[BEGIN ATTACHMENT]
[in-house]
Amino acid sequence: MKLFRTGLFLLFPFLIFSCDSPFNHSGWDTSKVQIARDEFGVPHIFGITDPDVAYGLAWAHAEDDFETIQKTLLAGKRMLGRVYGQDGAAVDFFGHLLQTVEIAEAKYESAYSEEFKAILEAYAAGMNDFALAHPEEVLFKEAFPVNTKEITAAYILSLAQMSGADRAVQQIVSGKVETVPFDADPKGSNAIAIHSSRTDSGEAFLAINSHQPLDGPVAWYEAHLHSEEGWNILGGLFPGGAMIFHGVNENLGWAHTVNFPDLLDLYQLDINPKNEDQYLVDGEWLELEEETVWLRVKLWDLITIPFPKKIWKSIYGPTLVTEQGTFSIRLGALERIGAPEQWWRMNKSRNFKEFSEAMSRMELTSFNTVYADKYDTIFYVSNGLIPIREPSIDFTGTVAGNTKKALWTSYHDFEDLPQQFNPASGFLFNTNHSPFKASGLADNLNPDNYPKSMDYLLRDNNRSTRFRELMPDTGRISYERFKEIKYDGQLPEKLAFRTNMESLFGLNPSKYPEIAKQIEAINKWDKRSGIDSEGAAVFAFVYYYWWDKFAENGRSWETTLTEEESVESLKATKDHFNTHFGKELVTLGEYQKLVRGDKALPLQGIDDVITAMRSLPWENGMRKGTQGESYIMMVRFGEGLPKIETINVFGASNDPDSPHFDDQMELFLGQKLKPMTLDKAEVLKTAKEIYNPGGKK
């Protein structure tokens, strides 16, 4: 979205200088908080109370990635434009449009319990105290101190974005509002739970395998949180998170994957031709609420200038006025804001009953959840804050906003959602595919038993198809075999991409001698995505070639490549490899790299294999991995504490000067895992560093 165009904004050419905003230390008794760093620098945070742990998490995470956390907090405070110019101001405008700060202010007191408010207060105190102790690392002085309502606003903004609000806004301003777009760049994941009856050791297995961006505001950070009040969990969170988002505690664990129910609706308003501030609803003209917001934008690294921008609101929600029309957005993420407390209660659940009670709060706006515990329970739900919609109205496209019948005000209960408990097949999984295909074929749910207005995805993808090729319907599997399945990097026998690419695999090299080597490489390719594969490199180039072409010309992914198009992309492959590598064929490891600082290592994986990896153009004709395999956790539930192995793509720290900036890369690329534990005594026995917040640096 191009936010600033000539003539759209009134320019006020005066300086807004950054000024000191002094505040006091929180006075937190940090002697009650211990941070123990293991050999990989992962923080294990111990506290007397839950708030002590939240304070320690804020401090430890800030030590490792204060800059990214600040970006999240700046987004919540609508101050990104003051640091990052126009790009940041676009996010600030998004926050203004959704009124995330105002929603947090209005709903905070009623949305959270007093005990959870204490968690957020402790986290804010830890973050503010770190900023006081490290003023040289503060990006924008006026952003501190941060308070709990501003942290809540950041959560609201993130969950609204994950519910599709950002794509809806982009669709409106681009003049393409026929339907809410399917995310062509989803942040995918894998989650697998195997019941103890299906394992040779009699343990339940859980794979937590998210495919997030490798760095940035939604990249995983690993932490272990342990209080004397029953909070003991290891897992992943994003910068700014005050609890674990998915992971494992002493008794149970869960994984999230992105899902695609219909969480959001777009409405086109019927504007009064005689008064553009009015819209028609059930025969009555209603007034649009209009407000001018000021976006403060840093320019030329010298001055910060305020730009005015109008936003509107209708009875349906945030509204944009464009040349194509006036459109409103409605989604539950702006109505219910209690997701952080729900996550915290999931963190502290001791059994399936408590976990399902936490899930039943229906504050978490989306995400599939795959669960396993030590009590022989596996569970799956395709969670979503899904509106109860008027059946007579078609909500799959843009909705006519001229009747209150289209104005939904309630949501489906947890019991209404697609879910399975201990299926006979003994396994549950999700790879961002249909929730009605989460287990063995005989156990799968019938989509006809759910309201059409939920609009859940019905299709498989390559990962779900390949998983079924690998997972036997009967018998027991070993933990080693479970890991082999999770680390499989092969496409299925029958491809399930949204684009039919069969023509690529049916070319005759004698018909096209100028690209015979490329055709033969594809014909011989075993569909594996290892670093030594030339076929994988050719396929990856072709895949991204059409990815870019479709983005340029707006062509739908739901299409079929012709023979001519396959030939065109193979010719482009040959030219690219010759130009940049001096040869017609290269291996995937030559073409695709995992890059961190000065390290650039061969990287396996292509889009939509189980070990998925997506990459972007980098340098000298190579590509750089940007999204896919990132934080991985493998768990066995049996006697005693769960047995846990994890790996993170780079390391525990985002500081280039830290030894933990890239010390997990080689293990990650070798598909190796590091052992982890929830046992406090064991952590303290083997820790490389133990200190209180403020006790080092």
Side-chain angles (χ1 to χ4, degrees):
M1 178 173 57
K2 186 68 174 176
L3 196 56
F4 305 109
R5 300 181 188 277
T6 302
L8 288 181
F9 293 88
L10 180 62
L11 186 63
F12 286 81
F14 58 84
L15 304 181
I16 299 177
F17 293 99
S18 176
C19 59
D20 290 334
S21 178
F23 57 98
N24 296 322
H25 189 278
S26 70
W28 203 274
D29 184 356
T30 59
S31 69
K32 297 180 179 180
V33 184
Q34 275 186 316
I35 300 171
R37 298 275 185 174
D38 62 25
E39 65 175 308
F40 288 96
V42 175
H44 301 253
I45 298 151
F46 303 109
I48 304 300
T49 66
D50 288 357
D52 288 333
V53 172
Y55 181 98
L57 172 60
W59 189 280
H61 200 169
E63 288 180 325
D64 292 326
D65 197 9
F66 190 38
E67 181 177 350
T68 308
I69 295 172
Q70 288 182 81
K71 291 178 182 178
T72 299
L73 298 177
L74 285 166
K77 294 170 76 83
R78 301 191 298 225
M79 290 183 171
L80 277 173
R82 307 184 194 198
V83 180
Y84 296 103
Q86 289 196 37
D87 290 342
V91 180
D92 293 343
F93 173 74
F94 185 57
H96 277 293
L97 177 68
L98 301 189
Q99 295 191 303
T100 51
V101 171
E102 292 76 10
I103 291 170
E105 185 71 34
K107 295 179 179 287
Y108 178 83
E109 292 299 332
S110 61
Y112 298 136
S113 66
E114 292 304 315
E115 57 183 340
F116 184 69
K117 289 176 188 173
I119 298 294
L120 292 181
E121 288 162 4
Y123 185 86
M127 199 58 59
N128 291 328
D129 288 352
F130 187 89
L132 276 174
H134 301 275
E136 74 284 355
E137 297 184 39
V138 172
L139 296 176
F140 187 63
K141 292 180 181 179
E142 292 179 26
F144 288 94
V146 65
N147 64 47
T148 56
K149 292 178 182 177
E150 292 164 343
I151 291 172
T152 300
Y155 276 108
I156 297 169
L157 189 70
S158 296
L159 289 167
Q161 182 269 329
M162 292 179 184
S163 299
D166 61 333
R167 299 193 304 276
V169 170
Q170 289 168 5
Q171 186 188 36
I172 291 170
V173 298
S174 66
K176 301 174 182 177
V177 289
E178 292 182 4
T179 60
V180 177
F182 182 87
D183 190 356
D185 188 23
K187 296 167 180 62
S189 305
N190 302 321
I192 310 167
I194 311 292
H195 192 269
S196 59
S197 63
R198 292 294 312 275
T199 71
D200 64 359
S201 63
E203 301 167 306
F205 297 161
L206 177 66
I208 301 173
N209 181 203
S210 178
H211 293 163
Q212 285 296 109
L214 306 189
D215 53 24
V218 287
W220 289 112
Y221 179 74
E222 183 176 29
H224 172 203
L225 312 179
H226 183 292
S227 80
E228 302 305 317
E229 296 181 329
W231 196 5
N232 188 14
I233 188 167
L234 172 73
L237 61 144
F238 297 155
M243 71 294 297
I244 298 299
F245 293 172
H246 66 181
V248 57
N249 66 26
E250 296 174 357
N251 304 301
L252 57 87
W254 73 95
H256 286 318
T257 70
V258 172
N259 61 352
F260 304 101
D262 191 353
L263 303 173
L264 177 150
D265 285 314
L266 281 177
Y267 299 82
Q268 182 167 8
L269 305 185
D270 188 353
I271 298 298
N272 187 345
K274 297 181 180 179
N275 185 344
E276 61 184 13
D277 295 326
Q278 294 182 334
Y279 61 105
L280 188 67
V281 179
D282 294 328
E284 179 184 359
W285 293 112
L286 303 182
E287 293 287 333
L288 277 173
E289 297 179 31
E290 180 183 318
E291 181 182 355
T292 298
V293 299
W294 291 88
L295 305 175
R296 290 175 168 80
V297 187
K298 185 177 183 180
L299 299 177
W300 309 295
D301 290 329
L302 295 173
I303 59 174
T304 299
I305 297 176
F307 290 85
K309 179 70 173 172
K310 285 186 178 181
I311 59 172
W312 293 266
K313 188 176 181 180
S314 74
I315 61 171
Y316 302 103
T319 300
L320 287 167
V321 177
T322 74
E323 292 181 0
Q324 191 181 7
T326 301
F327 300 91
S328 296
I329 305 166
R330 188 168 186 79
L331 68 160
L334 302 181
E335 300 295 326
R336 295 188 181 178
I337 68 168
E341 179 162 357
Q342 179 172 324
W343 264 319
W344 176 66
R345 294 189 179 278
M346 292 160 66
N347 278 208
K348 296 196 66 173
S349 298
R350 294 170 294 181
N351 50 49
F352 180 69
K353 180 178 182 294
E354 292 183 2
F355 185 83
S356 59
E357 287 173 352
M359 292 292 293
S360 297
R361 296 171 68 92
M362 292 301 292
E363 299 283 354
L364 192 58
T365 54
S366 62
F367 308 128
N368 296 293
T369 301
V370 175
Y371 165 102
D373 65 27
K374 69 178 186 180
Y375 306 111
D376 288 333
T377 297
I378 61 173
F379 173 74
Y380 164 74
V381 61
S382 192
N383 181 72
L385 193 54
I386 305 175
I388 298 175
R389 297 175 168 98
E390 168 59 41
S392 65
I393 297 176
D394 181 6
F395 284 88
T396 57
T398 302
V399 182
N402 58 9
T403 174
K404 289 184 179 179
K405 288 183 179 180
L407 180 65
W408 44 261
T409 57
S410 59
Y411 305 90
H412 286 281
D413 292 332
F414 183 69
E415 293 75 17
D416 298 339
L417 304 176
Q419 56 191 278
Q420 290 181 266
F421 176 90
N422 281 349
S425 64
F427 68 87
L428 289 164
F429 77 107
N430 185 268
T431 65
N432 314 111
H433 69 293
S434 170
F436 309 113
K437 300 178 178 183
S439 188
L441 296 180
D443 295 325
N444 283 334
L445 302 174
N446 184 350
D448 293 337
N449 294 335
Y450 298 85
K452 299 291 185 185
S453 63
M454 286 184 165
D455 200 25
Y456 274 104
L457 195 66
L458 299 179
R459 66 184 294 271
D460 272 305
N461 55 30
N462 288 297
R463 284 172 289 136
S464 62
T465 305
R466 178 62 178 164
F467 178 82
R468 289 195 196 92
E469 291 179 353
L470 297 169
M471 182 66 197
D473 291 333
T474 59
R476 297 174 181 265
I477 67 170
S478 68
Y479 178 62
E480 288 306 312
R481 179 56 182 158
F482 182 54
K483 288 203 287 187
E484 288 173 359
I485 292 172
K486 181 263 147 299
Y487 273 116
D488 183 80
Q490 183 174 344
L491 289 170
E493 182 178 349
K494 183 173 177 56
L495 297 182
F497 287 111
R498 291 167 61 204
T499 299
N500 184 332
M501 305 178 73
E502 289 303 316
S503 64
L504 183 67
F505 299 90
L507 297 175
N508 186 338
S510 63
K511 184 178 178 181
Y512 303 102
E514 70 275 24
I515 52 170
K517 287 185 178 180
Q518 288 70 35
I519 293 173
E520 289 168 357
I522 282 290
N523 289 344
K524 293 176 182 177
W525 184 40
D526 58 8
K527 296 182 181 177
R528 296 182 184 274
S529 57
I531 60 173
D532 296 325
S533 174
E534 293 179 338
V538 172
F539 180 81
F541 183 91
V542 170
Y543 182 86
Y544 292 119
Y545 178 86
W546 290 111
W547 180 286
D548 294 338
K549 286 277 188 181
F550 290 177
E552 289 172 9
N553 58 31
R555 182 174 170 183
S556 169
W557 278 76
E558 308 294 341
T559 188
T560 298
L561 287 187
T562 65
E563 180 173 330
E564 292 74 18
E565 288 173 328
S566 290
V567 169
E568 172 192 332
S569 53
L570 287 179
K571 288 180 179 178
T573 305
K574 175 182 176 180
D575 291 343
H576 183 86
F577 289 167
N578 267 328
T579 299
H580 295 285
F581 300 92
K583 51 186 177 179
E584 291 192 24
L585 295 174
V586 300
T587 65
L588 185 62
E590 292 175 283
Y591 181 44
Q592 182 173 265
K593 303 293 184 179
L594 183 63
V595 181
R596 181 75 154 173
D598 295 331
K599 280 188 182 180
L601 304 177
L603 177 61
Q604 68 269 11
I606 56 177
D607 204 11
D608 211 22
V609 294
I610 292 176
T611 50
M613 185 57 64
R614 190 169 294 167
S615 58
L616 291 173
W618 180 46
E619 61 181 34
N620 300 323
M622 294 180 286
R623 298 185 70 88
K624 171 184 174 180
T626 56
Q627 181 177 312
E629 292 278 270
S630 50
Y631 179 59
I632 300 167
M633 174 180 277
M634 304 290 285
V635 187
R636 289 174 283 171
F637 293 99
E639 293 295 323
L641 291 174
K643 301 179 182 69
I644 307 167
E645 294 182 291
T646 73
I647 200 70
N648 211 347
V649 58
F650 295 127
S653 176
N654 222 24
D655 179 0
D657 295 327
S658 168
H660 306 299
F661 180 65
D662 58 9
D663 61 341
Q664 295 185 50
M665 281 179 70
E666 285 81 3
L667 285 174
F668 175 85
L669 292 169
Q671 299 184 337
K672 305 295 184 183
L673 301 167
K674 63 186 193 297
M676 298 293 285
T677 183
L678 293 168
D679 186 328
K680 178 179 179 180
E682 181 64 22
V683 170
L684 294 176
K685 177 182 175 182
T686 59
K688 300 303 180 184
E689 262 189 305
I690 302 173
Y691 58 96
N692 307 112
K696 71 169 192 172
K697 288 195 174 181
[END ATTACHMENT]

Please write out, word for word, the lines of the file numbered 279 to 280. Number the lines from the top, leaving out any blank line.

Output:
E354 292 183 2
F355 185 83